Short Questions with Answers (Part - 1) - Measures of Dispersion Commerce Notes | EduRev

Statistics for Economics - Class XI

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Commerce : Short Questions with Answers (Part - 1) - Measures of Dispersion Commerce Notes | EduRev

The document Short Questions with Answers (Part - 1) - Measures of Dispersion Commerce Notes | EduRev is a part of the Commerce Course Statistics for Economics - Class XI.
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Q.1. Define dispersion.
Ans. 
Dispersion is the extent to which values in a distribution vary from the average of the distribution.

Q.2. Name the two types of measures.
Ans. 
Measures of dispersion can be classified as absolute measures and relative measures.

Q.3. Define absolute measures of dispersion.
Ans. 
Absolute measures of dispersion are expressed in terms of original units of a data.

Q.4. List the methods of absolute measures of dispersion.
Ans. 
The methods of absolute measures of dispersion are:
(i) Range
(ii) Quartile deviation
(iii) Mean deviation
(iv) Standard deviation

Q.5. What are relative measures of dispersion?
Ans. 
Relative measures of dispersion are expressed in terms of percentage and ratios. Coefficient of range, coefficient of quartile deviation, coefficient of mean deviation and coefficient of variance are the relative measures of dispersion.

Q.6. Why is it important to know the spread of values?
Ans. 
The averages tell only one aspect of a distribution, that is, a representative size of the values. It important to know the spread of values to understand averages in a better manner.

Q.7. Discuss the features of a good measure of dispersion?
Ans. 
The following are the features of a good measure of dispersion:
(i) It should be simple to understand and easy to calculate.
(ii) It should be rigidly defined.
(iii) It should be based upon all values of the given distribution.
(iv) It should be capable of advanced mathematical treatment.
(v) It should have sampling stability.
(vi) It should be not be unduly affected by extreme values.

Q.8. Distinguish between absolute and relative measures of dispersion.
Ans. 
Following are the points of difference between absolute and relative measures of dispersion:
1. Absolute Measures of Dispersion
Absolute measures of dispersion are expressed in terms of original units of a data. The methods of absolute measures of dispersion are:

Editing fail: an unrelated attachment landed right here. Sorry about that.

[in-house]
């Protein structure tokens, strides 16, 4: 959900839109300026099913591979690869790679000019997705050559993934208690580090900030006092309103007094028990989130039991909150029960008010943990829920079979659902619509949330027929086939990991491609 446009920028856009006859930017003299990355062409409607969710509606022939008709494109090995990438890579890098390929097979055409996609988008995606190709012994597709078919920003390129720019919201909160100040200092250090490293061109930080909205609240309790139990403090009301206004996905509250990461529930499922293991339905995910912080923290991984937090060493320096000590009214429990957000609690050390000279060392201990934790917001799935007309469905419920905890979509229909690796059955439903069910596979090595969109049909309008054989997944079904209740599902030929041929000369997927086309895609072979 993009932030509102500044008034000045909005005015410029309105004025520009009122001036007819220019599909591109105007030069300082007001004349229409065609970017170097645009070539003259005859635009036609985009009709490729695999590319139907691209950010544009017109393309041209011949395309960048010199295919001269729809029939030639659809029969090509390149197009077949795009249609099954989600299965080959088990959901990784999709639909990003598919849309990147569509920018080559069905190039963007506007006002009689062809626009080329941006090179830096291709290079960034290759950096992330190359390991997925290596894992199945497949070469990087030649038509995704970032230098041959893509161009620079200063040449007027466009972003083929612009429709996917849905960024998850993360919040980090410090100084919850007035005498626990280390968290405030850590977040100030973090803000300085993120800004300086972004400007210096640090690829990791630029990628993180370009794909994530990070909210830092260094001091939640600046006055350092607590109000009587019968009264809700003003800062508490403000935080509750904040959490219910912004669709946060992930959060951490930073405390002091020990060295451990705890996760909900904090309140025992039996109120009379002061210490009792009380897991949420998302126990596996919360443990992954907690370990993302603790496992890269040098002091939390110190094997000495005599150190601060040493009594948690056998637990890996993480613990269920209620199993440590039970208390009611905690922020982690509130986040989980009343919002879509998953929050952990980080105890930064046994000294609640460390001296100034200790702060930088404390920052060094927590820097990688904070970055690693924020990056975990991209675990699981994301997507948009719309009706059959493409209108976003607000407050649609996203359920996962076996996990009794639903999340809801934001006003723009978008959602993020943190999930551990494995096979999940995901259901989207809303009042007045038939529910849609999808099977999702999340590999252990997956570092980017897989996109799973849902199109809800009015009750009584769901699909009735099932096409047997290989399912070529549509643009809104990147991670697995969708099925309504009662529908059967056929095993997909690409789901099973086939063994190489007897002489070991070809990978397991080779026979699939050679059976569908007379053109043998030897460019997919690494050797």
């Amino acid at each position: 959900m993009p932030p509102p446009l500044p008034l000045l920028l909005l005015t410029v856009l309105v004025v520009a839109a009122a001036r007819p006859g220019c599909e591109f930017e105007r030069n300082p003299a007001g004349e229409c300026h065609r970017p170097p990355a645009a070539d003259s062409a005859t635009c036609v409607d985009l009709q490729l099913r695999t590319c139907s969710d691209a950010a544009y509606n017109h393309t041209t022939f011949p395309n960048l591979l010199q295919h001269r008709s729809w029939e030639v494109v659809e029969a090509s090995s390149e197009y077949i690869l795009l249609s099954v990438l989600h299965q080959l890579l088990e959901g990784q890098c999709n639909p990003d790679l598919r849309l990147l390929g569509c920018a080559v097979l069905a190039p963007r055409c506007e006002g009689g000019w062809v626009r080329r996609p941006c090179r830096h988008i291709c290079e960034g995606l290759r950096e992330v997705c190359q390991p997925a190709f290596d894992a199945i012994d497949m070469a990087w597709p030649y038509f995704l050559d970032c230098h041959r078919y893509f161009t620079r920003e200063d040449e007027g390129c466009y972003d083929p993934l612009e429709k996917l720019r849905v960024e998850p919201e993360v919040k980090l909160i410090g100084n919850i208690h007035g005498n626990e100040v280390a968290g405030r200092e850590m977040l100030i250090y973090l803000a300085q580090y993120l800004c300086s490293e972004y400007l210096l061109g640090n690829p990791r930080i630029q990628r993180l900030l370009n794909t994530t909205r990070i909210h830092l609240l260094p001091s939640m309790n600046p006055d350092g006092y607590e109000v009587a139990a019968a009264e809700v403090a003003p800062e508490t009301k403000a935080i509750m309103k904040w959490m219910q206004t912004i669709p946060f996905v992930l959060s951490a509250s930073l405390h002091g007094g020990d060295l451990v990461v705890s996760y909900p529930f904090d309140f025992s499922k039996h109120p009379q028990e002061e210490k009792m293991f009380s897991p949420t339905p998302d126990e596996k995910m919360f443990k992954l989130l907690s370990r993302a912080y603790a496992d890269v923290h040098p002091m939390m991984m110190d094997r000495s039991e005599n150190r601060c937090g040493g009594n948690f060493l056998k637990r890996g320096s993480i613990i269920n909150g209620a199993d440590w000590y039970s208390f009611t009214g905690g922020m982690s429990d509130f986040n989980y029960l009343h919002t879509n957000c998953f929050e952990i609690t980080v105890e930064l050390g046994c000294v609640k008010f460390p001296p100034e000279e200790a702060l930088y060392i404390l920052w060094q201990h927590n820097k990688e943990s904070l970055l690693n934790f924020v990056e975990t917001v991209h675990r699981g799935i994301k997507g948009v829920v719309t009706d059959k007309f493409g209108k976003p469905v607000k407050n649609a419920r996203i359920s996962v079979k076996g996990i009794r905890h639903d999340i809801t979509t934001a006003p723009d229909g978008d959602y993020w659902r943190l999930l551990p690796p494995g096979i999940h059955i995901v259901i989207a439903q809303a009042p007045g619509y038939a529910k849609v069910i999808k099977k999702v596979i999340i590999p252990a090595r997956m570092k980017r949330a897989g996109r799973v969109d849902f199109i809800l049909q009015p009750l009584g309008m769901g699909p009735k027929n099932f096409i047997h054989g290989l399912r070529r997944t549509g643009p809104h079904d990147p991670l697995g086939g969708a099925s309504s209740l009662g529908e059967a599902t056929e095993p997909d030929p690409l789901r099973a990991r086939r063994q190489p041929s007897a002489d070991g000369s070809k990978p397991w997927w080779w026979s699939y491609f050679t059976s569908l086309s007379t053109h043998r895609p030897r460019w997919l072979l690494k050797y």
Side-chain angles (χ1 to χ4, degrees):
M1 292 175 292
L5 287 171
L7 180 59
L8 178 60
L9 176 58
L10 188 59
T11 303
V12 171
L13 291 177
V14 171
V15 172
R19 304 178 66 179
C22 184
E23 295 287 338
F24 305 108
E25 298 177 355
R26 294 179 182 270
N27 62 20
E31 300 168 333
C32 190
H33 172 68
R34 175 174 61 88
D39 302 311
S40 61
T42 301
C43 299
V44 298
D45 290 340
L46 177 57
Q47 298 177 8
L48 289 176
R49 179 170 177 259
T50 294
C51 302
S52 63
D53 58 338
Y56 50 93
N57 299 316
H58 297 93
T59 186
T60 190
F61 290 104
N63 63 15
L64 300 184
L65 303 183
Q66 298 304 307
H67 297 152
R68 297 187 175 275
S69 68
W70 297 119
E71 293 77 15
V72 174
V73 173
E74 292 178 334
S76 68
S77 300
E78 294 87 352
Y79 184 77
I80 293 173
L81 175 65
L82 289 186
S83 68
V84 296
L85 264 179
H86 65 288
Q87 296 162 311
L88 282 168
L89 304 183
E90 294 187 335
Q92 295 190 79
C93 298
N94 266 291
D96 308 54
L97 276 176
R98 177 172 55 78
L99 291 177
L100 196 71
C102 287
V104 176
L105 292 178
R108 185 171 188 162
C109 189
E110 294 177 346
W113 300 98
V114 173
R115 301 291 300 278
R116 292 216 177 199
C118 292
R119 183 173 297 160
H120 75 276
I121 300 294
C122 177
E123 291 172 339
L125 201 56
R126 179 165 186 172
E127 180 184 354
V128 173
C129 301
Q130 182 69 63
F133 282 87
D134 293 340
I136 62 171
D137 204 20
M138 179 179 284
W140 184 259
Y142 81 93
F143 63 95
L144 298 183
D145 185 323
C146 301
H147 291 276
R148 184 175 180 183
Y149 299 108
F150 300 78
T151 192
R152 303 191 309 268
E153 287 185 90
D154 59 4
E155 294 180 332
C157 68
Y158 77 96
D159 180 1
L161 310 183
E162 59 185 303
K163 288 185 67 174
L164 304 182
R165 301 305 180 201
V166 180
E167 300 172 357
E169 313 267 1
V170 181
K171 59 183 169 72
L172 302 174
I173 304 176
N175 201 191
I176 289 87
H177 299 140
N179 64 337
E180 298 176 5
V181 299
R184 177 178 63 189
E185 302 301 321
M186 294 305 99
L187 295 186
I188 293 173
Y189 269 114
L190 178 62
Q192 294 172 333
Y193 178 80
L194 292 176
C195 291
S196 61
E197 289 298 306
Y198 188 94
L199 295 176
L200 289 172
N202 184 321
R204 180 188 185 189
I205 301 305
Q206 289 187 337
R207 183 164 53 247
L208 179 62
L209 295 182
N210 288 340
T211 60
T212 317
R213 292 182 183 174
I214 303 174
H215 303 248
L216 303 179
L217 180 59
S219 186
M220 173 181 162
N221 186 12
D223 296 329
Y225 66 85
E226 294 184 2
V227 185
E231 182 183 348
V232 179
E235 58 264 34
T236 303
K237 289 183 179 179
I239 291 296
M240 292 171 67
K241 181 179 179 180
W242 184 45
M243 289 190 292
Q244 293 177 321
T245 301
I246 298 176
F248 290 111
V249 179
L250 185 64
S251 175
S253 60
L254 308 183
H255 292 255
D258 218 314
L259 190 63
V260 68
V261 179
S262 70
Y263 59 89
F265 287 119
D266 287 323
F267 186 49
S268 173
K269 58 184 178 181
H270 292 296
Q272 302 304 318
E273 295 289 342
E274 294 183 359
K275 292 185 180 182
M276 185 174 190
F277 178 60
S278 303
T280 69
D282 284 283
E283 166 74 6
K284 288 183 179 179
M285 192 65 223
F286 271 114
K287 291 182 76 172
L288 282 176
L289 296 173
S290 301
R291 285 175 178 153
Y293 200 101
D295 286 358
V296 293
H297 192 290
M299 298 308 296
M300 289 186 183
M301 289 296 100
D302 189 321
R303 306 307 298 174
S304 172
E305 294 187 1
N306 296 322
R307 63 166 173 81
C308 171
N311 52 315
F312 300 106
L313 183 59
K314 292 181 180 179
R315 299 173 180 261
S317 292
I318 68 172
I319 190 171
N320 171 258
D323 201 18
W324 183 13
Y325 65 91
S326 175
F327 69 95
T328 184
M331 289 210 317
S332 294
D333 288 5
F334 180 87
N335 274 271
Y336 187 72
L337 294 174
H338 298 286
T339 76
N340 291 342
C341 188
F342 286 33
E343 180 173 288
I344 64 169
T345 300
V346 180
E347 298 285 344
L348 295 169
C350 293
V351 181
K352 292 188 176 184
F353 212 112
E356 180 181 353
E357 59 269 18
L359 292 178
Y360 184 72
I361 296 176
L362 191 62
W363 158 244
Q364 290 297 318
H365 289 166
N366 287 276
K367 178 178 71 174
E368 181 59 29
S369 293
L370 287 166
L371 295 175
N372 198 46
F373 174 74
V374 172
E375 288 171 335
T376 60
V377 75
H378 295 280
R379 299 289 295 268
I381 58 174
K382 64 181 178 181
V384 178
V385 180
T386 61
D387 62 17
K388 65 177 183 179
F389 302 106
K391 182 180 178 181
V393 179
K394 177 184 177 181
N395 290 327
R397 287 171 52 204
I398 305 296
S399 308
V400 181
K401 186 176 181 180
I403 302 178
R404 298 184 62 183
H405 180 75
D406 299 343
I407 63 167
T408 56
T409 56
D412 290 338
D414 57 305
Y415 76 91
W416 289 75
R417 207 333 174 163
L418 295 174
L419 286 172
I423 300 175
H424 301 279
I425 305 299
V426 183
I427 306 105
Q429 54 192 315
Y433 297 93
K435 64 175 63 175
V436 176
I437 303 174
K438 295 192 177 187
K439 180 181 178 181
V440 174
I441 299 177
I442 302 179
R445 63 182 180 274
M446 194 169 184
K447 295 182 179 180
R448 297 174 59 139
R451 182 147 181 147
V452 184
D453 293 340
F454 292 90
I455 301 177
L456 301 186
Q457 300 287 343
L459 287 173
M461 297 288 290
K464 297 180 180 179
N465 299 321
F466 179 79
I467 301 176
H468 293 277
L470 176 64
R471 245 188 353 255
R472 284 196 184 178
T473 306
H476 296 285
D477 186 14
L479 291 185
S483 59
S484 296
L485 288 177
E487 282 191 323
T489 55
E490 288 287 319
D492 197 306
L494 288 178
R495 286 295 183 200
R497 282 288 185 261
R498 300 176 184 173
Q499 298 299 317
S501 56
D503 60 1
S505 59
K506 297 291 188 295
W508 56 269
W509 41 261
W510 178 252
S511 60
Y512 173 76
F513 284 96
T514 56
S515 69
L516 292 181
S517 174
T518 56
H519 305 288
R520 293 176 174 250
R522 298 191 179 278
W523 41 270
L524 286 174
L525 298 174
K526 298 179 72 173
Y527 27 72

• Range 
  • Quartile deviation 
  • Mean deviation 
  • Standard deviation

2. Relative Measures of Dispersion
Relative measures of dispersion are expressed in terms of percentage and ratios. The methods of relative measures of dispersion are coefficient of:

  • Range 
  • Quartile deviation 
  • Mean deviation 
  • Variance


Q.9. State the limitations of absolute measures of dispersion.
Ans.
Following are the limitations of absolute measures of dispersion:
(i) Absolute measures may give misleading ideas about the degree of variation.
(ii) They give answer in the units in which original values are expressed thereby making them inappropriate for comparison.

Q.10. What are the objectives of measuring dispersion?
Ans. 
The objectives of measuring dispersion are:
(i) To determine the reliability of the average
(ii) To compare the variability of two or more distributions
(iii) To facilitate the use of other statistical methods
(iv) To know the nature and hence, control the reasons of variation

Q.11. Define range.
Ans. 
Range is the difference between the highest value and the lowest value in a series.

Q.12. Give the formula for finding range.
Ans. 
The formula for finding range (R) is:
R = H – L
where; H = Highest value in a series
L = Lowest value in a series

Q.13. What is the coefficient of range?
Ans. 
Coefficient of range is the ratio of the difference between the highest and lowest values of the series to the sum of the lowest and highest values of the series.

Q.14. State the merits of range.
Ans. 
Following are the merits of range:
(i) It is easy to understand and calculate.
(ii) It is widely used.
(iii) Its calculation takes lesser time.

Q.15. What are the limitations of range?
Ans. 
Following are the limitations of range:
(i) Range is unduly affected by extreme values.
(ii) It does not include all the values of the distribution.
(iii) It is not affected by the variation in the mid-values of the series.
(iv) It cannot be calculated for open-ended frequency distribution.

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